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From Health Law Daily, July 30, 2013

OIG studies hospitals’ billing practices for observation, outpatient and inpatient stays

By Michelle L. Oxman, JD, LLM

The Office of Inspector General (OIG) has found that Medicare patients commonly spend at least one night in the hospital in observation status, which can cost both the beneficiaries and the Medicare program considerably more than the same services furnished during in inpatient stay (OIG Report, No. OEI-02-12-00040, July 29, 2013). Hospitals’ practices vary considerably, and there is a great deal of overlap among the most common diagnoses for short inpatient stays, long outpatient stays, and outpatient stays specifically billed as observation services. Recent changes in payment policy and additional changes outlined in two Proposed rules would significantly affect hospitals’ billing practices.

Defining observation services. Observation services are a type of outpatient services comprising assessments and treatments that hospital staff perform in order to determine whether a patient should be admitted as an inpatient. Patients in observation status most often present at the emergency room; occasionally they may require additional services after an operation, testing, or an appointment in a clinic.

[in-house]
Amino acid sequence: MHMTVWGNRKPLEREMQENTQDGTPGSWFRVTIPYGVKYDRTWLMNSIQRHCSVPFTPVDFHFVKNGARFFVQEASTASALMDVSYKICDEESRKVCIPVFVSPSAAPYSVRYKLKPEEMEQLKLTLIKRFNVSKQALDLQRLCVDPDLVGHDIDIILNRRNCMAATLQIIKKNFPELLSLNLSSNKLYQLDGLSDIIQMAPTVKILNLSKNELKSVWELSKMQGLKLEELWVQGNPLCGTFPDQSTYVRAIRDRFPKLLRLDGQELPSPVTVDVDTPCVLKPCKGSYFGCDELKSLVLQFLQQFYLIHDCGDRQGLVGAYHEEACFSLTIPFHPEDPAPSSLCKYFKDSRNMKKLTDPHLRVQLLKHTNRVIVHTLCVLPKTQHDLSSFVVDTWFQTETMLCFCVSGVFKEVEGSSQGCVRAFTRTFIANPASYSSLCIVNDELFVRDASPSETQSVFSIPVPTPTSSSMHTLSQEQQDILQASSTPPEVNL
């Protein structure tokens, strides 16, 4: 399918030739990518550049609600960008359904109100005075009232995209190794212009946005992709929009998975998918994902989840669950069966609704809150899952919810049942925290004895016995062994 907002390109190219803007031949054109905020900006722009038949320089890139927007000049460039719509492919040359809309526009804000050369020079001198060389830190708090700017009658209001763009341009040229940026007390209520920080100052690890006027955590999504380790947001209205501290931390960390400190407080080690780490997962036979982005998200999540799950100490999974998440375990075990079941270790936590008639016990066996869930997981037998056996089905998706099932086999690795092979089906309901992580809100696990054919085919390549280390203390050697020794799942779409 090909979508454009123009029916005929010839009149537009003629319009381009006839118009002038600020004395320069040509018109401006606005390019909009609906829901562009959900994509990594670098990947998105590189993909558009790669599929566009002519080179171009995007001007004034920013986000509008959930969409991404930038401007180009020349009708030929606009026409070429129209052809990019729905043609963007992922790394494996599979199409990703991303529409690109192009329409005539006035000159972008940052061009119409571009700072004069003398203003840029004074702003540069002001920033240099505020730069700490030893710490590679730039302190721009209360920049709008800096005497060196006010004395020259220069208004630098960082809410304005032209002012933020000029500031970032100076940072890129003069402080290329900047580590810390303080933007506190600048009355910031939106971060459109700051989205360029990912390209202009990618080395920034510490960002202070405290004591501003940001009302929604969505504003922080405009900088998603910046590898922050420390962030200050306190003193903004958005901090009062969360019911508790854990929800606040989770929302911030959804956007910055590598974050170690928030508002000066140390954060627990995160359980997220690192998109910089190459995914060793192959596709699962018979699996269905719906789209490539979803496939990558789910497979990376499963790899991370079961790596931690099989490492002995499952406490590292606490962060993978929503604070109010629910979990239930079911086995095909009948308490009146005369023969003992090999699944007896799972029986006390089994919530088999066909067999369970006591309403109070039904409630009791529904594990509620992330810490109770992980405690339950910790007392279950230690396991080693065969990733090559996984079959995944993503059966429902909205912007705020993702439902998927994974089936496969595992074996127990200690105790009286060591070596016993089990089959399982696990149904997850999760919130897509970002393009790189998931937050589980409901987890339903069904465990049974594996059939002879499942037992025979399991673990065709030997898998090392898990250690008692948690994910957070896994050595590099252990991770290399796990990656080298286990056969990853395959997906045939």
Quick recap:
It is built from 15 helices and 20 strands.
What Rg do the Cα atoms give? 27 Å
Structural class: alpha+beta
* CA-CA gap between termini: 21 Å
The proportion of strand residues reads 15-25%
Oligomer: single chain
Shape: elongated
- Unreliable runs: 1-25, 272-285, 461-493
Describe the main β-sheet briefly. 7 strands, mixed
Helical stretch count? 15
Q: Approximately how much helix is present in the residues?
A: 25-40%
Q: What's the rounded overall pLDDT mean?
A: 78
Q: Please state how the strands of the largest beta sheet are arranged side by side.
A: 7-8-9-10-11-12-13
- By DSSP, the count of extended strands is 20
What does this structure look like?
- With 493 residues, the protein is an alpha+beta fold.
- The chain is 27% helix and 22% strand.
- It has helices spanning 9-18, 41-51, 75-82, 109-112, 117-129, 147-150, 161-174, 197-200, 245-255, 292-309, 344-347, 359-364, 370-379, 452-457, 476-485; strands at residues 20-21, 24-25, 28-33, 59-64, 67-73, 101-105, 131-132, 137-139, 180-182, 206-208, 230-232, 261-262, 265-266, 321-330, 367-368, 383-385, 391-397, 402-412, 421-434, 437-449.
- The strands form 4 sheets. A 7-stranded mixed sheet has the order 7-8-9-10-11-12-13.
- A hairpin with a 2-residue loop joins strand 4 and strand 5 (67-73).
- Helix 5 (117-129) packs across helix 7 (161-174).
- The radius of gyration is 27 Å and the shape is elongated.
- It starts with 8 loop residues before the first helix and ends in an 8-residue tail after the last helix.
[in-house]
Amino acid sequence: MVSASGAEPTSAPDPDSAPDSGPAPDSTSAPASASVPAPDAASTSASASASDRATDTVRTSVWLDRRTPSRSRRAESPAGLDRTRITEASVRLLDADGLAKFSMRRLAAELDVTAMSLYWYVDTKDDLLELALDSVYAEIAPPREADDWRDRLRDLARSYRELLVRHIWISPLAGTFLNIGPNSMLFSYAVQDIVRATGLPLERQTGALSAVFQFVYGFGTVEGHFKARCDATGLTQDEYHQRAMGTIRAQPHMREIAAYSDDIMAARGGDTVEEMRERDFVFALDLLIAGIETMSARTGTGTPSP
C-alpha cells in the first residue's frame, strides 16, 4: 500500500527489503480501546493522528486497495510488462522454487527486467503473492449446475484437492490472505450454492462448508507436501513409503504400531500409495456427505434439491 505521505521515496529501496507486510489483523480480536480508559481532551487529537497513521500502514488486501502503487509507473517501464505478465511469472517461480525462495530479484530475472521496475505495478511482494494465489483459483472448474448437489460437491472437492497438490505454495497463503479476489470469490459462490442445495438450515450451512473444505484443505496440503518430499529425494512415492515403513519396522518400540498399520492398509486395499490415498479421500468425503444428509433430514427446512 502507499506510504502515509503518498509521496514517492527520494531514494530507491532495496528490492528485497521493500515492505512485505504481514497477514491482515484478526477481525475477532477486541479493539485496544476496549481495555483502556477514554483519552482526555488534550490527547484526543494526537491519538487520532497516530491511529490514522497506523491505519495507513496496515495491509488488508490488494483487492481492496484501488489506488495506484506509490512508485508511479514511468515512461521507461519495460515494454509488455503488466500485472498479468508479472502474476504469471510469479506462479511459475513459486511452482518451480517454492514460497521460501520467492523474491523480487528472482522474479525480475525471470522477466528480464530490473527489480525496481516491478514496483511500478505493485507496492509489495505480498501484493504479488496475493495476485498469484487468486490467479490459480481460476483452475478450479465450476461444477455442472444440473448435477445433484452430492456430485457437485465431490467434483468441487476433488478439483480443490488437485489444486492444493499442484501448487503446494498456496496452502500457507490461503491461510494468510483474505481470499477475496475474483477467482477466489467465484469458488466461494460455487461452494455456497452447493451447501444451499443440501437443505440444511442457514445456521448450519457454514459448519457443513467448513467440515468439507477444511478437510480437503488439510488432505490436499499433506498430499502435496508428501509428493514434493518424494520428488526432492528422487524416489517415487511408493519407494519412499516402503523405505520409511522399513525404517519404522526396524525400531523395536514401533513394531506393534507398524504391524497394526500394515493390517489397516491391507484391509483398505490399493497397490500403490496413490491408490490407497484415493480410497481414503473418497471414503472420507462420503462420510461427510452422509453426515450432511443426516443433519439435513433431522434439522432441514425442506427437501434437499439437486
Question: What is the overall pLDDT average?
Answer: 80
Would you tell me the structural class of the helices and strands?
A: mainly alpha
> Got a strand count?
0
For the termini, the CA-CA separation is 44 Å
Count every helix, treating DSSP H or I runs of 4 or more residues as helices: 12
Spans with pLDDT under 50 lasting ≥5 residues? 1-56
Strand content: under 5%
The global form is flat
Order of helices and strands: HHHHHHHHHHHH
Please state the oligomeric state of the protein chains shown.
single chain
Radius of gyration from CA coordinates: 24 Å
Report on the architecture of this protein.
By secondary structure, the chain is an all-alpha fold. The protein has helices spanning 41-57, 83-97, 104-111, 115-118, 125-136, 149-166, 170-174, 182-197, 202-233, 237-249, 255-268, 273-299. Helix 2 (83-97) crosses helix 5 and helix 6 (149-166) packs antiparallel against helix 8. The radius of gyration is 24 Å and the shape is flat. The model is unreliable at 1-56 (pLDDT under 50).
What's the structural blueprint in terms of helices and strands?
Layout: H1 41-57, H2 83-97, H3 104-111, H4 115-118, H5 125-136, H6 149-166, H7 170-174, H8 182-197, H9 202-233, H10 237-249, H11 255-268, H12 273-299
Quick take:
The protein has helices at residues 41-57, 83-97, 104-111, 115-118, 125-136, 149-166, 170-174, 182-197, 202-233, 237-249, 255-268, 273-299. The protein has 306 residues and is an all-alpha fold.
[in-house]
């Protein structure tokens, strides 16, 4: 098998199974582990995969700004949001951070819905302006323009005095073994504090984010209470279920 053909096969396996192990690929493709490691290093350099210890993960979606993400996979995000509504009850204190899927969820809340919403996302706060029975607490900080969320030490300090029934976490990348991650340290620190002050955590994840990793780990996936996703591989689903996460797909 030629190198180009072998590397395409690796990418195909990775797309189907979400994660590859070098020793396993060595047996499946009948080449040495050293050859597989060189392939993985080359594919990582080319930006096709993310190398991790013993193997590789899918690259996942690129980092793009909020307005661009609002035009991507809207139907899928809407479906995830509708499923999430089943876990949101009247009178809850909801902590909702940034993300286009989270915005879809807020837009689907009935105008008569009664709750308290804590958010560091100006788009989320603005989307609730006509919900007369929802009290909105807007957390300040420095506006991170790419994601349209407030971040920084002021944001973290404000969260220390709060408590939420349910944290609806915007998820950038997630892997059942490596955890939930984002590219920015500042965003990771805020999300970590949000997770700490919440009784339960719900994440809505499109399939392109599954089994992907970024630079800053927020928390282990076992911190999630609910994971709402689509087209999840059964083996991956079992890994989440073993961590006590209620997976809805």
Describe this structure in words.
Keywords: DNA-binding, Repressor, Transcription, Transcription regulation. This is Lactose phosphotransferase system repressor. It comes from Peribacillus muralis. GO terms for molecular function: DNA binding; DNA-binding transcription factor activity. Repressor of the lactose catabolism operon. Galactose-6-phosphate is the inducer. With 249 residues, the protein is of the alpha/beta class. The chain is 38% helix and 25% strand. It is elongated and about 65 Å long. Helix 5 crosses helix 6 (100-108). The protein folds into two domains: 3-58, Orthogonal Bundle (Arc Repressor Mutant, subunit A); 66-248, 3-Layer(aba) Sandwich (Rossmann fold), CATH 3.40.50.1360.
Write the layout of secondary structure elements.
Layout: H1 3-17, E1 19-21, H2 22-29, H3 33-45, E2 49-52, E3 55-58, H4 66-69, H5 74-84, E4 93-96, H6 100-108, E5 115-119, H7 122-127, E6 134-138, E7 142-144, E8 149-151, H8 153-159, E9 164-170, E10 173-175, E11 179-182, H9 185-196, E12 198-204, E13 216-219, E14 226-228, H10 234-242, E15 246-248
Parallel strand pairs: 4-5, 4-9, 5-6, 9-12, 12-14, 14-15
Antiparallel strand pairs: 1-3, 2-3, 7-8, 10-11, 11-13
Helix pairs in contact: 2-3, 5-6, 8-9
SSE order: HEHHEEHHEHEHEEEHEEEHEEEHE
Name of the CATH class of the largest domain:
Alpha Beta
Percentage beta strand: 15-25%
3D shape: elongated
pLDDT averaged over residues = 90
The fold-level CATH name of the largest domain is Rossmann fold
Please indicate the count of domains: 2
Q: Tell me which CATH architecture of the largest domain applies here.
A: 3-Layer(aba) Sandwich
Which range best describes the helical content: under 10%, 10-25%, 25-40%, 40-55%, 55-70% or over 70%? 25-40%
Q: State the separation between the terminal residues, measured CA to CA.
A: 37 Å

Reasons for observation services. In 2012, Medicare beneficiaries had 1.5 million observation stays. Most often these beneficiaries came to the hospital because of chest pain, followed by digestive disorders, fainting, and “signs and symptoms” such as general pain and malaise. Short inpatient stays involved similar diagnoses. Ninety-two percent of beneficiaries receiving observation services spent at least one night in the hospital; 55 percent spent one night, 26 percent spent two nights, and 11 percent spent three nights in the hospital under observation. An unknown number of the 1.4 million long outpatient stays were for observation services because observation services are not always separately reimbursable.

Competing concerns. The Medicare payment rules have led to competing concerns and posed a financial risk to hospitals. Until a March 2013 CMS Ruling, if a hospital admitted a patient and a Medicare contractor determined that the admission was unnecessary, the hospital would not be paid even for medically necessary services that could have been covered as outpatient services. But Medicare beneficiaries who spend three nights in the hospital will not qualify for Medicare coverage of skilled nursing services unless all three nights were spent as admitted inpatients.

At the same time, many outpatient observation services are billed as fee-for-service; in a long-term outpatient stay, the same services may cost Medicare and the beneficiary much more than they would have cost as inpatient services, but an inpatient stay of fewer than two nights also is more expensive than outpatient services.

Policy changes. The CMS Ruling allows hospitals whose claims for inpatient services are denied as not medically necessary to submit a bill for medically necessary services that would have been covered as outpatient services. The Proposed rule issued the same day describes the same policy. When finalized, the rule would replace the ruling. The OIG also stated that the inpatient prospective payment system (IPPS) Proposed rule, if adopted, would establish a presumption that a hospital stay of two nights or more was medically necessary, while a shorter inpatient stay would not. The effect of this proposed rule may depend on the treatment of any nights spent in observation status.

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